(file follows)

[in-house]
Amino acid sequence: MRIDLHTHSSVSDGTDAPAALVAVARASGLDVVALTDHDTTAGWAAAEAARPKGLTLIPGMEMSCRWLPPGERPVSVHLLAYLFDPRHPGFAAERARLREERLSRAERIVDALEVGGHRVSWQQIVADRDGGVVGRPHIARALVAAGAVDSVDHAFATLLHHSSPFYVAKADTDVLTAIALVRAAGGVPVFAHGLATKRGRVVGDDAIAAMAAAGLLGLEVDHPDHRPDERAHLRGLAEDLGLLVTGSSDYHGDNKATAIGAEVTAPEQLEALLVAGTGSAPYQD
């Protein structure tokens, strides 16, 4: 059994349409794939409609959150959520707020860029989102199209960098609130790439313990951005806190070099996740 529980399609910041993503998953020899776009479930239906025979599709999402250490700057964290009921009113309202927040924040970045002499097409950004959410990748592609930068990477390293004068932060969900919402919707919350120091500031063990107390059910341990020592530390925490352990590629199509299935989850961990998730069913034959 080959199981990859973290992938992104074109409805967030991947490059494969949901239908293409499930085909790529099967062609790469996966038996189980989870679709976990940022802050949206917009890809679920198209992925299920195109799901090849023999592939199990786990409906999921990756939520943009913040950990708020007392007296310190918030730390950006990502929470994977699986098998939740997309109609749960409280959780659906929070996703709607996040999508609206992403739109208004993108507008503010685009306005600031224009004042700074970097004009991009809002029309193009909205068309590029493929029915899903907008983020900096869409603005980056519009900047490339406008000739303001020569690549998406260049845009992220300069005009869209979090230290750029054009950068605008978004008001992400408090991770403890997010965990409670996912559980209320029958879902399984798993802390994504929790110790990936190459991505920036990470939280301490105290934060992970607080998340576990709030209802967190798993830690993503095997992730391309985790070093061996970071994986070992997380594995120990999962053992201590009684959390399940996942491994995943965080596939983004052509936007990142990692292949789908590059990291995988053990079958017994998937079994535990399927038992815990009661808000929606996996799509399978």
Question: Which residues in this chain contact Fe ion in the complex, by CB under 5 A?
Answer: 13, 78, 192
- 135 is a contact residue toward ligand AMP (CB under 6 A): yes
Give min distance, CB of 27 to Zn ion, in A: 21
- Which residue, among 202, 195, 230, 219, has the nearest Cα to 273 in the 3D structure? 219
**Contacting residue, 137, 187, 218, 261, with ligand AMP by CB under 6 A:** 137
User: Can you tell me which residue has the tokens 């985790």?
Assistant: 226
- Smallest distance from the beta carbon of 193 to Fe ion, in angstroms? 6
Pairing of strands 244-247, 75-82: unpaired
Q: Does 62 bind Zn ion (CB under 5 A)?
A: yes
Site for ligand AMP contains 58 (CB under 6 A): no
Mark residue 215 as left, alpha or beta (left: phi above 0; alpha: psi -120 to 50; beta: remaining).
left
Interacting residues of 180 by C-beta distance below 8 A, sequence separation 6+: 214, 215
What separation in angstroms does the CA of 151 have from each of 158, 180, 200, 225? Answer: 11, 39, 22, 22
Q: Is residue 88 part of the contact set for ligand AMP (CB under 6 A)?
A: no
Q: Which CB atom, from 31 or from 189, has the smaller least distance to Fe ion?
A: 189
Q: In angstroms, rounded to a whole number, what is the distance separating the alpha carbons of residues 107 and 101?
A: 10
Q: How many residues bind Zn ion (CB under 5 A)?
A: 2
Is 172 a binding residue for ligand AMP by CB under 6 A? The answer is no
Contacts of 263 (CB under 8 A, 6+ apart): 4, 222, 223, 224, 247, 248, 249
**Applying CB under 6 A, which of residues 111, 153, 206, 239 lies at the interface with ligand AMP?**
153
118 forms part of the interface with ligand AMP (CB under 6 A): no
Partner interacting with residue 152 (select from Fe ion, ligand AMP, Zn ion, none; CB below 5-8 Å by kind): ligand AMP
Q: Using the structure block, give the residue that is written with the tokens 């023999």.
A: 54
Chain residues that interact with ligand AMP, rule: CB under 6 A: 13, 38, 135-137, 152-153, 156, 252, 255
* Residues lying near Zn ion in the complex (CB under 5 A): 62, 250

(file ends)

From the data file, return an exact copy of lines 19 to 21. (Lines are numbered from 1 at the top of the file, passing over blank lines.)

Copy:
Interacting residues of 180 by C-beta distance below 8 A, sequence separation 6+: 214, 215
What separation in angstroms does the CA of 151 have from each of 158, 180, 200, 225? Answer: 11, 39, 22, 22
Q: Is residue 88 part of the contact set for ligand AMP (CB under 6 A)?